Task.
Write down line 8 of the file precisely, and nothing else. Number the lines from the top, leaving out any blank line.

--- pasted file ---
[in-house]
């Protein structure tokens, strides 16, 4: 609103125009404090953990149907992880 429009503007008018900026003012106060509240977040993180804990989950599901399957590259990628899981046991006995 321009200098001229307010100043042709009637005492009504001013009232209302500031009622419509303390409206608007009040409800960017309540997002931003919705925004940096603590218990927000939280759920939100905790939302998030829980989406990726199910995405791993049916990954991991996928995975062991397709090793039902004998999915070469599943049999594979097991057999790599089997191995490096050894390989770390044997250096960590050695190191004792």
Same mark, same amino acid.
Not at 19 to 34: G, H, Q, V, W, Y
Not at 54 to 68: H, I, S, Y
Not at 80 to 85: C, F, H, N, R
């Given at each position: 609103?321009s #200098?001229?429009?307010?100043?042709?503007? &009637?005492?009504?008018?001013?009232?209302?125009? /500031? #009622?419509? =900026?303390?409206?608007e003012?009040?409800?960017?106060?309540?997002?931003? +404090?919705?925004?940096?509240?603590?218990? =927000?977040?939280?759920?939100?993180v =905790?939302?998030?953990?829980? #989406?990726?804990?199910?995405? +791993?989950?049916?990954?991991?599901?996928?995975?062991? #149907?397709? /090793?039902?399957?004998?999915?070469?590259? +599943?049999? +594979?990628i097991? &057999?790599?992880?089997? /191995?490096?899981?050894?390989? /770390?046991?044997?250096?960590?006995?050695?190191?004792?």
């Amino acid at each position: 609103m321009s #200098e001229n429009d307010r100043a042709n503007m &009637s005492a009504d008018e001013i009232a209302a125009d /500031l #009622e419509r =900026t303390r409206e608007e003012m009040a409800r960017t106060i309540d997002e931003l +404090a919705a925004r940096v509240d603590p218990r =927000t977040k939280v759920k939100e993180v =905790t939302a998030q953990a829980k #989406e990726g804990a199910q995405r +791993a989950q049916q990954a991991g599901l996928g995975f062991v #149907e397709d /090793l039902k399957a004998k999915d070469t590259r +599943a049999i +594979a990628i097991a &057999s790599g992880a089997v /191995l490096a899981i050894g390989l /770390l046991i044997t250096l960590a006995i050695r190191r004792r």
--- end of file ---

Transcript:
């Amino acid at each position: 609103m321009s #200098e001229n429009d307010r100043a042709n503007m &009637s005492a009504d008018e001013i009232a209302a125009d /500031l #009622e419509r =900026t303390r409206e608007e003012m009040a409800r960017t106060i309540d997002e931003l +404090a919705a925004r940096v509240d603590p218990r =927000t977040k939280v759920k939100e993180v =905790t939302a998030q953990a829980k #989406e990726g804990a199910q995405r +791993a989950q049916q990954a991991g599901l996928g995975f062991v #149907e397709d /090793l039902k399957a004998k999915d070469t590259r +599943a049999i +594979a990628i097991a &057999s790599g992880a089997v /191995l490096a899981i050894g390989l /770390l046991i044997t250096l960590a006995i050695r190191r004792r």